‘‘In order to facilitate the capitalisation, it is proposed that:

-the authorised share capital limit of the company is removed (which is in line with the companies act 2006, which abolishes the requirement for a company to have an authorised share capital); and

-the directors of the company are given authority to allot shares up to an aggregate nominal amount of £8,000,936

This shows that there isn’t a worry or a need to pay back any money owed and the Newport Gwent Dragons are not going bust any time soon, so it’s not a time to panic you will be happy to know if you’re a fan. The dragons since their implementation into pro rugby in Wales haven’t had huge success and have often been the lowest finishers of the welsh regions. They currently lie in 10th place and are the bottom Welsh regions yet again, with only the league’s Italian contingency below them.

Of course with Newport RFC and the Newport Gwent Dragons being owned by the same company/people more money will be turned into equity or shares in the future it would seem. Overall their pitch costs and stadium costs are balanced out a tiny bit by Newport County AFC, and so this aids some relief to a business that is leaking money and so perhaps that is a bonus.



Perhaps the best marketed and driven side as just the other day the Ospreys announced that they have made a profit for the first time since 2007.

Off-field progress, with increased funding and revenue, helped the regional rugby side record a profit before exceptional items and interest charges of £143,498 in 2014/15.

The net profit of £128,403 is a turnaround of £251,963 on the previous year when the business declared a net loss of £123,560.

The Ospreys have always had the best marketing and branding out of any Welsh side and most northern hemisphere sides, claim on their website that ”Boasting a sponsorship value of £650,000, the largest in the northern hemisphere domestic game, the Kooga manufactured shirt will be emblazoned with the logo of headline sponsor npower renewables for a third season, along with secondary sponsors, Persimmon Homes, Worthington, John West, Taylors Regional Foods, Trade Centre Wales, Trade Depot, Cuddy Group, and Solo Service Group, along with Stadium Motors on the shorts.”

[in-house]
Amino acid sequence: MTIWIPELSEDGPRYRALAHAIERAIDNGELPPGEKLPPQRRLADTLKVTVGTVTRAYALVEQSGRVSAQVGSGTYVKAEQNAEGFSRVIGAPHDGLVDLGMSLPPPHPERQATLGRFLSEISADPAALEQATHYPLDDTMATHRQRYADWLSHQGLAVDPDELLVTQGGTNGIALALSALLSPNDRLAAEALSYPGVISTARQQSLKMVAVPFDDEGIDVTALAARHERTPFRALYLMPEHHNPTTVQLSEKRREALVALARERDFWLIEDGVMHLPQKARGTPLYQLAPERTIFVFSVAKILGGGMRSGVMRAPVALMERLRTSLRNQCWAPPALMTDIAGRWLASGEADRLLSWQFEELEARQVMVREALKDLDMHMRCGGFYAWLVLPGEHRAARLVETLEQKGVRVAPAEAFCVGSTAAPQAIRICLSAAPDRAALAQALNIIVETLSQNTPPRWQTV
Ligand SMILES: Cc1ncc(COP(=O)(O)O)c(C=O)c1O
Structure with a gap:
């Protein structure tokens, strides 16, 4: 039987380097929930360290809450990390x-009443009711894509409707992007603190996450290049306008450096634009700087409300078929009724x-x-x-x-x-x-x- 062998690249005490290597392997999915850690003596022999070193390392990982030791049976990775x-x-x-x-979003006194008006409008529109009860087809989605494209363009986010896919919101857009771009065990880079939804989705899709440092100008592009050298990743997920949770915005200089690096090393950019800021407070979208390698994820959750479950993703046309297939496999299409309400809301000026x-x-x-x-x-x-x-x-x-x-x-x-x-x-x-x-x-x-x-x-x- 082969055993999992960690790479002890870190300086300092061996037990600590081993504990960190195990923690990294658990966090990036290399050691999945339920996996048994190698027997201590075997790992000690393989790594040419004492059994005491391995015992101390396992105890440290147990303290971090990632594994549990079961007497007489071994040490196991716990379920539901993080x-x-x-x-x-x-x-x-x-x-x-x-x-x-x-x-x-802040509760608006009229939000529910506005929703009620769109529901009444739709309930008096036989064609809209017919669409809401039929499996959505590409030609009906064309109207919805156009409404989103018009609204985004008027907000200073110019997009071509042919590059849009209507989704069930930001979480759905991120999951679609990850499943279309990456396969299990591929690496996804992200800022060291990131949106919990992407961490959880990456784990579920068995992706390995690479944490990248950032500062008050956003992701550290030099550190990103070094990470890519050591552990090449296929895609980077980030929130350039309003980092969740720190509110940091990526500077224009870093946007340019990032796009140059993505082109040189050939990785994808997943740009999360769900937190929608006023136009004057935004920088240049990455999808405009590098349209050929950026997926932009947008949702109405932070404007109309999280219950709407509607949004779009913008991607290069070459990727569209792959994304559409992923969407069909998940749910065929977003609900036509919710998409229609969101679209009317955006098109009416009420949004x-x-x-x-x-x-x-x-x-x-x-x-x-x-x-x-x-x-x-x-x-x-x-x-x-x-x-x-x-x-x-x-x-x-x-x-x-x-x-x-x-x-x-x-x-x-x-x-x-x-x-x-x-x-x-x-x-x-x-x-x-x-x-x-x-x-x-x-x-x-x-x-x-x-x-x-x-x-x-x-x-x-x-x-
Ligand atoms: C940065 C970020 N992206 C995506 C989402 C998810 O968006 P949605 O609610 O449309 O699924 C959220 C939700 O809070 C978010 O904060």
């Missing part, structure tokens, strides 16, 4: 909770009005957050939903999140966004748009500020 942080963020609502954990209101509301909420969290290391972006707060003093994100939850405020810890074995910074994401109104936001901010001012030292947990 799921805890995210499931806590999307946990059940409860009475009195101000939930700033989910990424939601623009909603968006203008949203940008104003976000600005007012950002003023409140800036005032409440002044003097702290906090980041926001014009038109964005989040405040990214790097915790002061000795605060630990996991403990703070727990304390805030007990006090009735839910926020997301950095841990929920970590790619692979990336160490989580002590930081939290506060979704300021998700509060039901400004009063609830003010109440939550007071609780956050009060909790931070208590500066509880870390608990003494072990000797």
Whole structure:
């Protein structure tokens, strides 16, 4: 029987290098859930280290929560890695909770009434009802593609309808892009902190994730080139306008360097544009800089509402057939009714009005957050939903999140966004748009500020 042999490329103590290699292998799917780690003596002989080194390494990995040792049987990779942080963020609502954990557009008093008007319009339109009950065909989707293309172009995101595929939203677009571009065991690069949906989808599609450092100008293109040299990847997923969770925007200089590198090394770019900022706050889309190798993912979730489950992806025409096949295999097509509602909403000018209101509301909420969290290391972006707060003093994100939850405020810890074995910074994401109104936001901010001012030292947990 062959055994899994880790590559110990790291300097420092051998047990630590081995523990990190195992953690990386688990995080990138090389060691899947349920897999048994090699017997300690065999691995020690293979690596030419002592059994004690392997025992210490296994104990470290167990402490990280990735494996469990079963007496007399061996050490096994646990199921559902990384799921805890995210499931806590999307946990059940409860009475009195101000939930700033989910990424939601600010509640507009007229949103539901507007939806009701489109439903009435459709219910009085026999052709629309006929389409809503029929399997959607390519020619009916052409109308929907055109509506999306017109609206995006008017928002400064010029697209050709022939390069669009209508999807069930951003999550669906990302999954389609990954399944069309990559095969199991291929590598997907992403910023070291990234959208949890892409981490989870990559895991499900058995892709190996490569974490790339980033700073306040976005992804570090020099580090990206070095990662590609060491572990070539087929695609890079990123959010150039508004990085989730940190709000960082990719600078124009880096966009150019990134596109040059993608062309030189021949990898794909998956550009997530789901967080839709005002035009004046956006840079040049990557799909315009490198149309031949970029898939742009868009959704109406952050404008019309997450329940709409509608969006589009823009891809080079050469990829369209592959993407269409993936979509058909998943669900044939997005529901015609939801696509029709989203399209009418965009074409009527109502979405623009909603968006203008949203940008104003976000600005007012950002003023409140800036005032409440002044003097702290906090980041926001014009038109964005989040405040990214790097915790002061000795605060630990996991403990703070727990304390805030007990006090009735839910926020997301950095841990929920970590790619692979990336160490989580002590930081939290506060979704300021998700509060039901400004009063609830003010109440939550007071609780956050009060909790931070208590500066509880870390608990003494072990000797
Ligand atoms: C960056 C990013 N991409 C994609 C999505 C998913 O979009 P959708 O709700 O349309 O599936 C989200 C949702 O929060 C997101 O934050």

Which does just prove that success at the highest level of pro rugby isn’t always a pull factor as undoubtedly many of these shirt owners are not rugby fans at all. This wider market has helped them push to this profit gain; the first since 07.

The extra funding has pushed this yes, but any profit is a good profit, especially considering the other financial status’ of the Welsh regions.

The money that is being pushed into each ”region” is just a giant loan the company cannot pay back, hence why it is subject to reminder however that all this ”loaned” money will not be paid back, due to it either being put into equity or it being done as an investment that isn’t legally bound to pay back the cash.

Our Welsh regions are not in a state of financial worry and they will not be going bust. They are being run as businesses and businesses do take losses, whilst the matter of losing money is not one I’d like to lean towards, if the ”regions” stay up and remain separate from the semi-professional clubs then that is the option I would say is most viable.

Wait until 2018 when the new TV deal comes around and see if we can get BT sport or SKY to buy into a product that can be a good one to watch if we get rid of the Italians.

The other options we have for financial viability is to join the RFU pyramid, even at a lower level so we can work our way, meaning that we have extra funding and better TV deals.